Hack Like a Pro: Digital Forensics for the Aspiring Hacker, Part 11 (Using Splunk)

Digital Forensics for the Aspiring Hacker, Part 11 (Using Splunk)

Hack Like a Pro: Digital Forensics for the Aspiring Hacker, Part 11 (Using Splunk)

Welcome back, my neophyte hackers!

Digital forensics is one of the fields often overlooked by aspiring hackers. In a rush to exploit every and any system they can, they often ignore learning digital forensics—the field that may lead to them being traced.

In addition to learning how to cover their tracks, studying digital forensics can give the aspiring hacker further insight into how systems operate. For instance, few newbie hackers are familiar with the Windows Registry and how it works, but for a forensic investigator, it can be a treasure trove of information about the attack and the attacker.

The forensic investigator is often called in after a breach of a network and system, and it is his/her job is to recreate what took place. This is both to build better defenses for the future and to identify who the attacker was and what their goals were.

Computer systems are constantly generating a plethora of information on what is happening on them—so much so that it becomes problematic to interpret. That is where Splunk comes in, a company founded about 12 years ago in San Francisco, CA that created software which could read machine data and make some sense of it for the system admin.

At its most basic level, Splunk is capable of gathering all of the data that systems generate and index it for searching. Originally developed for system administration, Splunk can also be a great tool for digital forensics.

We will be installing Splunk on Windows system and using it to conduct digital forensics on it (Splunk is also available for Linux, but in most cases, you will be conducting forensic analyses on Windows systems).

Step 1: Downloading Splunk

The first step is to download Splunk, so head to their website's downloads section for the free download. Since I will be using a 64-bit system, I will be downloading the 64-bit Splunk for Windows 7, 8, and 10. This simply downloads the Windows .msi (installer), and since it is about 140 MB, it will only take few minutes.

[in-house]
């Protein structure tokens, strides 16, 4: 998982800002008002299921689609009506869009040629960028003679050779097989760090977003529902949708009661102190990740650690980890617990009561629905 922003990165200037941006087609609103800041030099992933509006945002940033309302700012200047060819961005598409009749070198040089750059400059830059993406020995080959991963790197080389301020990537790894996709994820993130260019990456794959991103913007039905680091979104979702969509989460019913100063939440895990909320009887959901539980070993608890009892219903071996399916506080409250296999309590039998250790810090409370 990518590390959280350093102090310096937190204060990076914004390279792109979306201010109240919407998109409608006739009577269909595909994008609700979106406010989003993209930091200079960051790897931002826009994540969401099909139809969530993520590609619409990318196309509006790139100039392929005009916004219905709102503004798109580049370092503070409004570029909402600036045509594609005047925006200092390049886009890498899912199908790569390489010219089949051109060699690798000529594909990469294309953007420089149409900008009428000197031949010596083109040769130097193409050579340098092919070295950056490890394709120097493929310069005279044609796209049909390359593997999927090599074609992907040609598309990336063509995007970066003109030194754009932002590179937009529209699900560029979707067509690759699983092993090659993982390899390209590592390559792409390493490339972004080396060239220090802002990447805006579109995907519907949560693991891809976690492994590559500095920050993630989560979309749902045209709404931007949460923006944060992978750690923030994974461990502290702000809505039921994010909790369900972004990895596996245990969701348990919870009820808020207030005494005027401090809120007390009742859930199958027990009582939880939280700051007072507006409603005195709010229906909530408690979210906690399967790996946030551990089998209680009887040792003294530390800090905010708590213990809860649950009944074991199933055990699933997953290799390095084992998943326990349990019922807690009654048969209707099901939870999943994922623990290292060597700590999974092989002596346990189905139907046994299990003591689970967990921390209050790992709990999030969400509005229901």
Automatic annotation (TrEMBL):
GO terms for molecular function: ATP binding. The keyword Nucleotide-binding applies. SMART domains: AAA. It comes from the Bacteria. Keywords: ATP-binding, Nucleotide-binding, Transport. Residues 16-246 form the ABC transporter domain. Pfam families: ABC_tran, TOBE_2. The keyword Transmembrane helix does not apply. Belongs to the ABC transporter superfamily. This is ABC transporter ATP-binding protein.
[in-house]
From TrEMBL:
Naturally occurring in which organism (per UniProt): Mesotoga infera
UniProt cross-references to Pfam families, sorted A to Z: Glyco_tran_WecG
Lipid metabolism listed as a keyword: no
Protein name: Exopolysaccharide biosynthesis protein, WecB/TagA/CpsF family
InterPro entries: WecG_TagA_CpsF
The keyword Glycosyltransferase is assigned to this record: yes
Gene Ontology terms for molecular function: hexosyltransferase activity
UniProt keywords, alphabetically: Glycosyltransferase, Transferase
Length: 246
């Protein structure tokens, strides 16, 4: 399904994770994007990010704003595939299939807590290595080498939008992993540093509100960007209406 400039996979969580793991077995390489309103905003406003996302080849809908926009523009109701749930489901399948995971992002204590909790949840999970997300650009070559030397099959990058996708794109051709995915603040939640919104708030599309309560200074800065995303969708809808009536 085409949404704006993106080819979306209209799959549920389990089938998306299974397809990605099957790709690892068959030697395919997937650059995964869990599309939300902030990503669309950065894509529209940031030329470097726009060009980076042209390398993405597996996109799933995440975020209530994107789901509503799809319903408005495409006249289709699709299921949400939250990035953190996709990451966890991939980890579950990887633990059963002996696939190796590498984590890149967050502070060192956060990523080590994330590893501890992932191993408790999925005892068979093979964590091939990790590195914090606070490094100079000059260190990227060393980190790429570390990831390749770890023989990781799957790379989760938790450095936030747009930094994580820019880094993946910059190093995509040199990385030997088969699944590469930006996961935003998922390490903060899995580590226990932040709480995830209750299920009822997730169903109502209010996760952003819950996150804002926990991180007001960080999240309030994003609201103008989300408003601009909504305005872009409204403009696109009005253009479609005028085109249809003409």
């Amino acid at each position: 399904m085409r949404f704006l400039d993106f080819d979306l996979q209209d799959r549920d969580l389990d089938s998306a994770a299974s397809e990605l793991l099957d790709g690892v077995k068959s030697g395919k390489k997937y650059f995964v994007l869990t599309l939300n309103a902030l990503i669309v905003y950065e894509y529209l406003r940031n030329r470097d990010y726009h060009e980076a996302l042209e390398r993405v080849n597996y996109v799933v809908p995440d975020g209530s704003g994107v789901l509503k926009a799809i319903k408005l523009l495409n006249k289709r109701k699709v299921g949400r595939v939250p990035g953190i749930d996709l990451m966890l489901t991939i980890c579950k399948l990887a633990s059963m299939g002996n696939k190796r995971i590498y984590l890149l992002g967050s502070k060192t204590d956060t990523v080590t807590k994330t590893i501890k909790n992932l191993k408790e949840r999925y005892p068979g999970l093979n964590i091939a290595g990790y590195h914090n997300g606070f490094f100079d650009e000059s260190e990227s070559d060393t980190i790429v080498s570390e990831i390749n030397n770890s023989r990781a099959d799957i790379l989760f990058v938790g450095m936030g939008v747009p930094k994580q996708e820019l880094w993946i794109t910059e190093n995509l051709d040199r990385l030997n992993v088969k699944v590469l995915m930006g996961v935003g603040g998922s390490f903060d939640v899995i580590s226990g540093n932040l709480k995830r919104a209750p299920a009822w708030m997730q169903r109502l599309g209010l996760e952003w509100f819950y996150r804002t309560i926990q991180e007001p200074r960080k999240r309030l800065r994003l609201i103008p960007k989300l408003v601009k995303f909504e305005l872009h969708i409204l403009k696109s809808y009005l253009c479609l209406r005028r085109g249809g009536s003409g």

Step 2: Installing Splunk

Once the .msi is completely downloaded, open the file to start the installation. Then simply follow the Wizard steps to complete the installation.

Step 3: Logging into Splunk

When Splunk is completely installed, it will open a login interface in your default browser, like below.

The default username and password are:

username = admin
password = changeme

Login with these credentials and then change the password.

Step 4: Using Splunk

When you log into Splunk, you will be greeted with a web-based GUI interface like that below. Initially, we want to gather data, so click on the "Add Data" icon.

As you can see below, Splunk enables us to "Add Data" from multiple sources. In this first tutorial, we will be simply adding our log data from our local machine. We can add data from remote systems, or provide our own data, which we be examining in future tutorials on digital forensics.

Very often when doing a forensic examination, we will not have the luxury of having Splunk installed on the compromised system. In those cases, we can gather the data from the compromised system and then run it through Splunk for analysis.